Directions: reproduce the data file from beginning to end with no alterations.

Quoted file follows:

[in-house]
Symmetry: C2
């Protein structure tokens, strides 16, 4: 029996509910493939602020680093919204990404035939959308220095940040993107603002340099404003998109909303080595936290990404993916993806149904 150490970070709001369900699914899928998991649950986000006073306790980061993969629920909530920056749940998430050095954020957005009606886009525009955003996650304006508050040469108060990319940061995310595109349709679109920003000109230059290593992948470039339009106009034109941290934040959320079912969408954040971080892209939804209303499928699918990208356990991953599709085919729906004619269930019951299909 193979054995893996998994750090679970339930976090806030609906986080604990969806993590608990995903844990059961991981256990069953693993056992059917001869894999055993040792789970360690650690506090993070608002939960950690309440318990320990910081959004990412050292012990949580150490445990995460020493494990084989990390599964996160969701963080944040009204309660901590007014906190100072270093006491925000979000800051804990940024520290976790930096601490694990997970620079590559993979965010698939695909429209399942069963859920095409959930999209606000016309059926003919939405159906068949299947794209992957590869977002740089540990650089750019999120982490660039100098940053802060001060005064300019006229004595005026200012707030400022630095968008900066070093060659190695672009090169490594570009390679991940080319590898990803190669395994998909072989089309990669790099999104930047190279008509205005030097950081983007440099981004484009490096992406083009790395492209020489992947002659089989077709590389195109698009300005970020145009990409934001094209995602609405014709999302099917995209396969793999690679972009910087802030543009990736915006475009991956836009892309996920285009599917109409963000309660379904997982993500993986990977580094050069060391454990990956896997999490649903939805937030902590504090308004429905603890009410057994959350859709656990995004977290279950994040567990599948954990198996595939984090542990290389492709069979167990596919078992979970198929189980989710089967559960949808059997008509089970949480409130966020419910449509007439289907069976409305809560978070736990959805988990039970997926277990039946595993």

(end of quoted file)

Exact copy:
[in-house]
Symmetry: C2
């Protein structure tokens, strides 16, 4: 029996509910493939602020680093919204990404035939959308220095940040993107603002340099404003998109909303080595936290990404993916993806149904 150490970070709001369900699914899928998991649950986000006073306790980061993969629920909530920056749940998430050095954020957005009606886009525009955003996650304006508050040469108060990319940061995310595109349709679109920003000109230059290593992948470039339009106009034109941290934040959320079912969408954040971080892209939804209303499928699918990208356990991953599709085919729906004619269930019951299909 193979054995893996998994750090679970339930976090806030609906986080604990969806993590608990995903844990059961991981256990069953693993056992059917001869894999055993040792789970360690650690506090993070608002939960950690309440318990320990910081959004990412050292012990949580150490445990995460020493494990084989990390599964996160969701963080944040009204309660901590007014906190100072270093006491925000979000800051804990940024520290976790930096601490694990997970620079590559993979965010698939695909429209399942069963859920095409959930999209606000016309059926003919939405159906068949299947794209992957590869977002740089540990650089750019999120982490660039100098940053802060001060005064300019006229004595005026200012707030400022630095968008900066070093060659190695672009090169490594570009390679991940080319590898990803190669395994998909072989089309990669790099999104930047190279008509205005030097950081983007440099981004484009490096992406083009790395492209020489992947002659089989077709590389195109698009300005970020145009990409934001094209995602609405014709999302099917995209396969793999690679972009910087802030543009990736915006475009991956836009892309996920285009599917109409963000309660379904997982993500993986990977580094050069060391454990990956896997999490649903939805937030902590504090308004429905603890009410057994959350859709656990995004977290279950994040567990599948954990198996595939984090542990290389492709069979167990596919078992979970198929189980989710089967559960949808059997008509089970949480409130966020419910449509007439289907069976409305809560978070736990959805988990039970997926277990039946595993």